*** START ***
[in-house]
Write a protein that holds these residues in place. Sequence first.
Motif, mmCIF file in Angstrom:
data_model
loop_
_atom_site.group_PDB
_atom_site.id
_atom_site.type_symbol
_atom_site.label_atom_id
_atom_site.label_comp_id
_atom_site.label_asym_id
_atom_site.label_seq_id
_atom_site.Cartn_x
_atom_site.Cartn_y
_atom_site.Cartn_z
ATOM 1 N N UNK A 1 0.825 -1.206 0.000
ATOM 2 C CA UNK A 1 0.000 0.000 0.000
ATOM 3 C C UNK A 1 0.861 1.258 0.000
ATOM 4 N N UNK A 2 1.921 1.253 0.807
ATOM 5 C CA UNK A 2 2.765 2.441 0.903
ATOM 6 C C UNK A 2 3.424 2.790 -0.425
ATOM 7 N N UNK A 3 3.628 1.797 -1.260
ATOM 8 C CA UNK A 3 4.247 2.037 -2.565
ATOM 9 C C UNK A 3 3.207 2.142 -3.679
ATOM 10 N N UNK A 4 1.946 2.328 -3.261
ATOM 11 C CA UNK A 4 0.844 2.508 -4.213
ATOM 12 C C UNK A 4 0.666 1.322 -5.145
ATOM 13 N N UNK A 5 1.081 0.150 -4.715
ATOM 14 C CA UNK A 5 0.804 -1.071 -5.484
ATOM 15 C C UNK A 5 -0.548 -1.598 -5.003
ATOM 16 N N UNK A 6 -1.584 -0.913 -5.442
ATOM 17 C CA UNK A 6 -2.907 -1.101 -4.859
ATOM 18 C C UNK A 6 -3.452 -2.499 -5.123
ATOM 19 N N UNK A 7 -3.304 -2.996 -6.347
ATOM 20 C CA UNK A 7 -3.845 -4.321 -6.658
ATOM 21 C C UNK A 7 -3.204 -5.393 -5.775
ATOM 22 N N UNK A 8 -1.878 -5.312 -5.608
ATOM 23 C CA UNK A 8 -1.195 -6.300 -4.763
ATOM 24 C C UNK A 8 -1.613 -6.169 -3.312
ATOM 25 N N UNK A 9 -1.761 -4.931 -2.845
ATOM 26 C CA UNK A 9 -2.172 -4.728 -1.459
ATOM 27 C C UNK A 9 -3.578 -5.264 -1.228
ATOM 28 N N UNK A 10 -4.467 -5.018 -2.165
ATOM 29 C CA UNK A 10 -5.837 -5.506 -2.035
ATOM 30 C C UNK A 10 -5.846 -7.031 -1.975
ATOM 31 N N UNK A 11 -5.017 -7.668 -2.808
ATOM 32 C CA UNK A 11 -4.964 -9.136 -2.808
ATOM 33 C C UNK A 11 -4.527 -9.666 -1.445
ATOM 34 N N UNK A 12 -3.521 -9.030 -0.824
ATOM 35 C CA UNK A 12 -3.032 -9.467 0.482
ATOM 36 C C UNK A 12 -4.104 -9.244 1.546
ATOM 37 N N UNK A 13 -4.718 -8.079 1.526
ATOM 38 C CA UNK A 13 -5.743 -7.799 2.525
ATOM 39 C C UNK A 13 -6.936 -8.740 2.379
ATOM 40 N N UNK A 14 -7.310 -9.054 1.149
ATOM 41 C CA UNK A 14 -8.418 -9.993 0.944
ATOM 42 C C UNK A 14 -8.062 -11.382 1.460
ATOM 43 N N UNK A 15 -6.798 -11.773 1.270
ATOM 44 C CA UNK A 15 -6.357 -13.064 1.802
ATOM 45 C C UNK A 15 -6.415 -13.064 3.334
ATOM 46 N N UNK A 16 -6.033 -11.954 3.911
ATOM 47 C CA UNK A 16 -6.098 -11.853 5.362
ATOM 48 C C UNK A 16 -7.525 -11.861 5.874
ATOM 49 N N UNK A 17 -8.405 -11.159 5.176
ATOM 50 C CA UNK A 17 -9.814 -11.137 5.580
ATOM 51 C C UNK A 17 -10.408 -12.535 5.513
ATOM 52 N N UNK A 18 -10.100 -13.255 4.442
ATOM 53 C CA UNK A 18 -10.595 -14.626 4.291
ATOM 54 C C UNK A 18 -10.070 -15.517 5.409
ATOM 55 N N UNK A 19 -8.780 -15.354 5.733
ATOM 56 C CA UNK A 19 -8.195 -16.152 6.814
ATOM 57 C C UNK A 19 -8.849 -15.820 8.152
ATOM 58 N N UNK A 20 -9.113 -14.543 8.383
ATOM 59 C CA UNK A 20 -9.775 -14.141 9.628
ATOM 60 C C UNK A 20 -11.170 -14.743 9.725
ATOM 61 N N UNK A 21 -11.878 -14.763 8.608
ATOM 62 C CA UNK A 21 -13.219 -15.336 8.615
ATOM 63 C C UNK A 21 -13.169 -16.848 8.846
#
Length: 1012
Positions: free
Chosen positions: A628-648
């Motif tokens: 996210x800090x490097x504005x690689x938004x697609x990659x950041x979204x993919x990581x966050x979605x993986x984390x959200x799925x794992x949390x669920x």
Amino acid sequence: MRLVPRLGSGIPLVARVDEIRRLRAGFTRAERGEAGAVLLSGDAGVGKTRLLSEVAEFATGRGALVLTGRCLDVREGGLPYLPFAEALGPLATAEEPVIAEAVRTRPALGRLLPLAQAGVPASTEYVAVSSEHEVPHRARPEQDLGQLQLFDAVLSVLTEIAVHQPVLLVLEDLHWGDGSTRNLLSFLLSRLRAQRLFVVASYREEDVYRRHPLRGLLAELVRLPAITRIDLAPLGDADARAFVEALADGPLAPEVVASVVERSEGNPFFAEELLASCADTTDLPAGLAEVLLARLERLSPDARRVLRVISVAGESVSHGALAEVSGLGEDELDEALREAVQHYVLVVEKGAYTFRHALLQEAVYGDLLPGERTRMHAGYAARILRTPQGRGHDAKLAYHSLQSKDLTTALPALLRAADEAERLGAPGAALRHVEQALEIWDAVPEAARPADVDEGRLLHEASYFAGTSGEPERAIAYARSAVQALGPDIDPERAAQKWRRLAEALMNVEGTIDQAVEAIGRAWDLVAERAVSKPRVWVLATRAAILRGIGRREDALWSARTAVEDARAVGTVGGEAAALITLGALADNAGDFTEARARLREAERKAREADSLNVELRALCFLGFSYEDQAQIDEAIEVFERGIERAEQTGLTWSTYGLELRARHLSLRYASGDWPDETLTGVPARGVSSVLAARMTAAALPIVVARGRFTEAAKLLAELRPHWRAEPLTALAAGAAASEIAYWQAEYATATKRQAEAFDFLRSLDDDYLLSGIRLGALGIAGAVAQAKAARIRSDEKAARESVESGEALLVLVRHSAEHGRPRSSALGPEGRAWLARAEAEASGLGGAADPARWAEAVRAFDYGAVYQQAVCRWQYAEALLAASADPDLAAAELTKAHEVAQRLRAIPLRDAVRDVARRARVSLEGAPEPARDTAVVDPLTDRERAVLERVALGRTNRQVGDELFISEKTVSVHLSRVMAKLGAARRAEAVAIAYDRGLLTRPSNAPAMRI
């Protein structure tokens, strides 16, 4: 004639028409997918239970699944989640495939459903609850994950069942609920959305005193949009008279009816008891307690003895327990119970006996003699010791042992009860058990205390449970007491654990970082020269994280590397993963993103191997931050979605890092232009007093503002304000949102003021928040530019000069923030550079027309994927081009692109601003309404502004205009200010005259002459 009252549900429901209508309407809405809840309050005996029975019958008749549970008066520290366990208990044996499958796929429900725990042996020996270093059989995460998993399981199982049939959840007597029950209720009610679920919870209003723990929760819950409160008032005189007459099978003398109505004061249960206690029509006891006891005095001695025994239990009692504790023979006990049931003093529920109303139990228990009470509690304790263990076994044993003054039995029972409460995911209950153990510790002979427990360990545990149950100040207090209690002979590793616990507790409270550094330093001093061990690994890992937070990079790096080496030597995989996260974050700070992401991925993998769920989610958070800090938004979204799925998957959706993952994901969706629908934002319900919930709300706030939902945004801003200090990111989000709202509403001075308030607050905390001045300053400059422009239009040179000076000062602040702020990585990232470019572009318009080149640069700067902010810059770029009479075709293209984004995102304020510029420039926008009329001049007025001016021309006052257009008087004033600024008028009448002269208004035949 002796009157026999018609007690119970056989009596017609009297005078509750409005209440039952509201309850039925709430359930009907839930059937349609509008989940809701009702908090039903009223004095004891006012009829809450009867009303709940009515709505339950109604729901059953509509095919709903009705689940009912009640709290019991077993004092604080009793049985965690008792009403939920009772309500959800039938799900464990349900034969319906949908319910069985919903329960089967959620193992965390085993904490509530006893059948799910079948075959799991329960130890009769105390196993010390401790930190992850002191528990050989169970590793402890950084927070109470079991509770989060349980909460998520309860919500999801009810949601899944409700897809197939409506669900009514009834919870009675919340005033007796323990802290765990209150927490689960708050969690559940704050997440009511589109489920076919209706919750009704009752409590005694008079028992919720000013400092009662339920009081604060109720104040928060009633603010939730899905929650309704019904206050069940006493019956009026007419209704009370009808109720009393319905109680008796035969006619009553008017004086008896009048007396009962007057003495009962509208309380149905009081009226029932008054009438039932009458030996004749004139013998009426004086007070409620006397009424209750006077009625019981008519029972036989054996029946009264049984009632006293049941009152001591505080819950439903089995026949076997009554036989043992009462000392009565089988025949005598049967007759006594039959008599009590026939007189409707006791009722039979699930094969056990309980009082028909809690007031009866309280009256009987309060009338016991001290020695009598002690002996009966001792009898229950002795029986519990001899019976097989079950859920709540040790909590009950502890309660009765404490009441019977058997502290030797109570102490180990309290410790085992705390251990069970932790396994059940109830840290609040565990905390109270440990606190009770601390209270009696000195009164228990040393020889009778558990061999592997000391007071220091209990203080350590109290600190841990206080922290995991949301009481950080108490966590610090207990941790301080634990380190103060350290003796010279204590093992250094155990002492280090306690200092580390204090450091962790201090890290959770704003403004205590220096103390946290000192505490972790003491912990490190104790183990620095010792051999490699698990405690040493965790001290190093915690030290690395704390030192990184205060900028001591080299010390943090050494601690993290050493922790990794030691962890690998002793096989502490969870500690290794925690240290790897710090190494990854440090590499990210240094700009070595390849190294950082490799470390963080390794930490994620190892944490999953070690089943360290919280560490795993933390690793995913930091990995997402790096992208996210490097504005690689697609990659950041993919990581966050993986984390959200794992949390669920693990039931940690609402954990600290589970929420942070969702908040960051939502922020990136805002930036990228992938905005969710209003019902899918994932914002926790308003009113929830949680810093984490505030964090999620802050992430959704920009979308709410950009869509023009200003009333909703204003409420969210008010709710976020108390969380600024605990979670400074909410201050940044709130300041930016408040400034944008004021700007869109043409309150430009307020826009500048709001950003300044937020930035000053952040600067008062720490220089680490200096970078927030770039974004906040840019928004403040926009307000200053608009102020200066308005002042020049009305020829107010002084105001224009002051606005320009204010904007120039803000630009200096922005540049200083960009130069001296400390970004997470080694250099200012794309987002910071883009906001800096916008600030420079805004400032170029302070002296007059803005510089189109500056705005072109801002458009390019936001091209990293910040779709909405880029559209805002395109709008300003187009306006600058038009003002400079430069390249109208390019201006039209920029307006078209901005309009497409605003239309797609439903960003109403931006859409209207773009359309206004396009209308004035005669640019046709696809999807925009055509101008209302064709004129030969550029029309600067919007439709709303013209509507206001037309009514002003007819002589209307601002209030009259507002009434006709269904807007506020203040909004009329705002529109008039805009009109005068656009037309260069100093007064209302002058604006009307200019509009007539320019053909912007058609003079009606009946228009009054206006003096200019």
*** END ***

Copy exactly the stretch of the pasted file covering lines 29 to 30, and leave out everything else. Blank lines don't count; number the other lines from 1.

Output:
ATOM 14 C CA UNK A 5 0.804 -1.071 -5.484
ATOM 15 C C UNK A 5 -0.548 -1.598 -5.003